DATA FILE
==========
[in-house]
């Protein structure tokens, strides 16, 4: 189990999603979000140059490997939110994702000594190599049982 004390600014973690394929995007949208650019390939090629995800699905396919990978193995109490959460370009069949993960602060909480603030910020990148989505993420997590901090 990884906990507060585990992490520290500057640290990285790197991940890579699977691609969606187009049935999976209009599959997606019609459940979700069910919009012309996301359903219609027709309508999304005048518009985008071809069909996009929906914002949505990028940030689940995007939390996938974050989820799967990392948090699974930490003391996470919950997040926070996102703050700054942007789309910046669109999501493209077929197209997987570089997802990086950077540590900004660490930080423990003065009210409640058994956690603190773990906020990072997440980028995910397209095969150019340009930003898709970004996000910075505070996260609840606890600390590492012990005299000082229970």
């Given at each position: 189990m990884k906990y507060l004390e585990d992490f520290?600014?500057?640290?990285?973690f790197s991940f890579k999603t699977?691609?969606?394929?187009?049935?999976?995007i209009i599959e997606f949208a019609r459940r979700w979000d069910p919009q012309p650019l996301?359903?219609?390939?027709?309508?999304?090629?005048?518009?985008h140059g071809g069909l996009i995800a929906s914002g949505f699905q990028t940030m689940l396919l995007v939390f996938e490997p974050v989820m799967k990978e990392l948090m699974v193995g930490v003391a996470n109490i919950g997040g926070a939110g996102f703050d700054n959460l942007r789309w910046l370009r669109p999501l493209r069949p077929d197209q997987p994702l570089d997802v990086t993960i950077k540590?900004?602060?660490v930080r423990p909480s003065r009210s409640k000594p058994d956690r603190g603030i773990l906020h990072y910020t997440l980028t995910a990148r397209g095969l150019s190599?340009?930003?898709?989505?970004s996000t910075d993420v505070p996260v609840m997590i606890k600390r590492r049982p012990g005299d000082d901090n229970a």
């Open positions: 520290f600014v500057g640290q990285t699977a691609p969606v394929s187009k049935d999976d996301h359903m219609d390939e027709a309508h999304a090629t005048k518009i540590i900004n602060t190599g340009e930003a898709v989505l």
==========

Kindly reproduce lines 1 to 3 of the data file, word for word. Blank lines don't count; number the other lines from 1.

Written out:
[in-house]
């Protein structure tokens, strides 16, 4: 189990999603979000140059490997939110994702000594190599049982 004390600014973690394929995007949208650019390939090629995800699905396919990978193995109490959460370009069949993960602060909480603030910020990148989505993420997590901090 990884906990507060585990992490520290500057640290990285790197991940890579699977691609969606187009049935999976209009599959997606019609459940979700069910919009012309996301359903219609027709309508999304005048518009985008071809069909996009929906914002949505990028940030689940995007939390996938974050989820799967990392948090699974930490003391996470919950997040926070996102703050700054942007789309910046669109999501493209077929197209997987570089997802990086950077540590900004660490930080423990003065009210409640058994956690603190773990906020990072997440980028995910397209095969150019340009930003898709970004996000910075505070996260609840606890600390590492012990005299000082229970």
């Given at each position: 189990m990884k906990y507060l004390e585990d992490f520290?600014?500057?640290?990285?973690f790197s991940f890579k999603t699977?691609?969606?394929?187009?049935?999976?995007i209009i599959e997606f949208a019609r459940r979700w979000d069910p919009q012309p650019l996301?359903?219609?390939?027709?309508?999304?090629?005048?518009?985008h140059g071809g069909l996009i995800a929906s914002g949505f699905q990028t940030m689940l396919l995007v939390f996938e490997p974050v989820m799967k990978e990392l948090m699974v193995g930490v003391a996470n109490i919950g997040g926070a939110g996102f703050d700054n959460l942007r789309w910046l370009r669109p999501l493209r069949p077929d197209q997987p994702l570089d997802v990086t993960i950077k540590?900004?602060?660490v930080r423990p909480s003065r009210s409640k000594p058994d956690r603190g603030i773990l906020h990072y910020t997440l980028t995910a990148r397209g095969l150019s190599?340009?930003?898709?989505?970004s996000t910075d993420v505070p996260v609840m997590i606890k600390r590492r049982p012990g005299d000082d901090n229970a």